Jacopo Bassano (Jacopo Da Ponte)
St. Martin and the Poor Man with St. Anthony Abbot

Oil on canvas
Museo Civico, Bassano del Grappa, Italy

A Roman soldier of the 4th century at the time of this encounter, St. Martin is pictured in the armor of a 16th-century knight. With his sword, he cuts off half of his red cloak to give to the poor man. That night in a dream Martin will learn that the poor man was Christ himself.

In the lower left St. Anthony reads from a large book while an even larger one lies at his feet. Bassano paired these two seemingly unrelated saints in several paintings throughout his career. The point of these pairings may have been to exemplify the active and contemplative lives, the two modes of Christian living first proposed by Gregory the Great in the 6th century and much debated throughout the Middle Ages.2

One might wonder whether the poor man's garment is what he was wearing when Martin met him, or simply the half-cloak now pulled around his body. The answer can be found in a nearly identical painting in the University of Nebraska's Sheldon Art Museum.3 The Sheldon's painting is ascribed to the Bassano workshop and also dated circa 1580. In it the poor man's garment is clearly of a different thickness and color, a very light pink, than St. Martin's thick red cloak.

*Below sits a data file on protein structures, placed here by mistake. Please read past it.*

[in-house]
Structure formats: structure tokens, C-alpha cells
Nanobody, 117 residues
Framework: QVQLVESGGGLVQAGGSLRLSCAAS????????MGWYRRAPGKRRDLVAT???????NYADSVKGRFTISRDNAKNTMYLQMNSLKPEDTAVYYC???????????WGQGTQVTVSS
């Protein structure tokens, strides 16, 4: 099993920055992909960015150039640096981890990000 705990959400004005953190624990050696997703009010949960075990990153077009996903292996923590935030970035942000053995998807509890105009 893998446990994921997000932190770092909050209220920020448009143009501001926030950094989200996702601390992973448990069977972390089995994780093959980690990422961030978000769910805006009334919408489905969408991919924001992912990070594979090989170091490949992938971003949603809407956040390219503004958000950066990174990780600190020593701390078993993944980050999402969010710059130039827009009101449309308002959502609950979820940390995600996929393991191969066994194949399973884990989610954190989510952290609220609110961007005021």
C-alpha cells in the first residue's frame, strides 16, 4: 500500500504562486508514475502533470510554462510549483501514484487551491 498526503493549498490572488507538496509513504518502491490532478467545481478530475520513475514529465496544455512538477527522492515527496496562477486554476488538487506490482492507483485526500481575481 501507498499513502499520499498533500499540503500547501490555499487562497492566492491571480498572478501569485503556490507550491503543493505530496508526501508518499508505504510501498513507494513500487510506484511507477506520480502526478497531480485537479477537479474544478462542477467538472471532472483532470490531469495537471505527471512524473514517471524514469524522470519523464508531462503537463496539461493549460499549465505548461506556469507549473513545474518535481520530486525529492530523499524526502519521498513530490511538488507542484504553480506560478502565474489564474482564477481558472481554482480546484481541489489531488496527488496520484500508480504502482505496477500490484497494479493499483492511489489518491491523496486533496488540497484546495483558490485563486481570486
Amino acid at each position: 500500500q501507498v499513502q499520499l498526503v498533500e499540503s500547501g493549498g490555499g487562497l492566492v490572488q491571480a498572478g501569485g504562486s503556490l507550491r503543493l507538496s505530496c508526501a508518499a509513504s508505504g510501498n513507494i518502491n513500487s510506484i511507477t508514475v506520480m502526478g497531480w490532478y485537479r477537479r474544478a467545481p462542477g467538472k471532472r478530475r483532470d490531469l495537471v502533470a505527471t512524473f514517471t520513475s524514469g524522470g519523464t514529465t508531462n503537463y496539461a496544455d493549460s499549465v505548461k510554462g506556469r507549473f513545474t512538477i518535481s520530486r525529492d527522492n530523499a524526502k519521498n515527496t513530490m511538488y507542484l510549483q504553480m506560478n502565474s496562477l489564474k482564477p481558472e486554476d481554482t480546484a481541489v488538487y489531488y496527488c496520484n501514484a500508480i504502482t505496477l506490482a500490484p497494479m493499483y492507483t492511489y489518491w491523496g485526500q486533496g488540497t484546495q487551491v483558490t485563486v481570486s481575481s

The date given above corresponds to the one given on museum's label: "XVI sec. (ottavo decenno)." A site on the web dates it as 1578.

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Read more about images of St. Martin of Tours.
Read more about images of St. Anthony Abbot.

Photographed at the site by Richard Stracke, shared under Attribution-NonCommercial-ShareAlike license.

1 "Virgin and Child with the Saints Martin of Tours and Anthony the Great" (1542-43). The painting is in the Alte Pinakothek, Munich. A photograph is available at this page on Wikimedia Commons (retrieved 2022-06-11).

2 See the note on this subject on our St. Martin page.

3 Studio of Jacopo Bassano. Saint Martin Dividng His Cloak with a the Beggar, c. 1580, oil on canvas, 99.4 x 85.8 cm (39-1/8 x 33-3/4 in), Samuel H. Kress Collection, Sheldon Museum of Art, accessed June 11, 2022, https://www.kressfoundation.org/kress-collection/artwork/a251faf1d0dc107fb6d972e6e7d8e5746c235ab0fb4b9f44b85f6c36101b4716.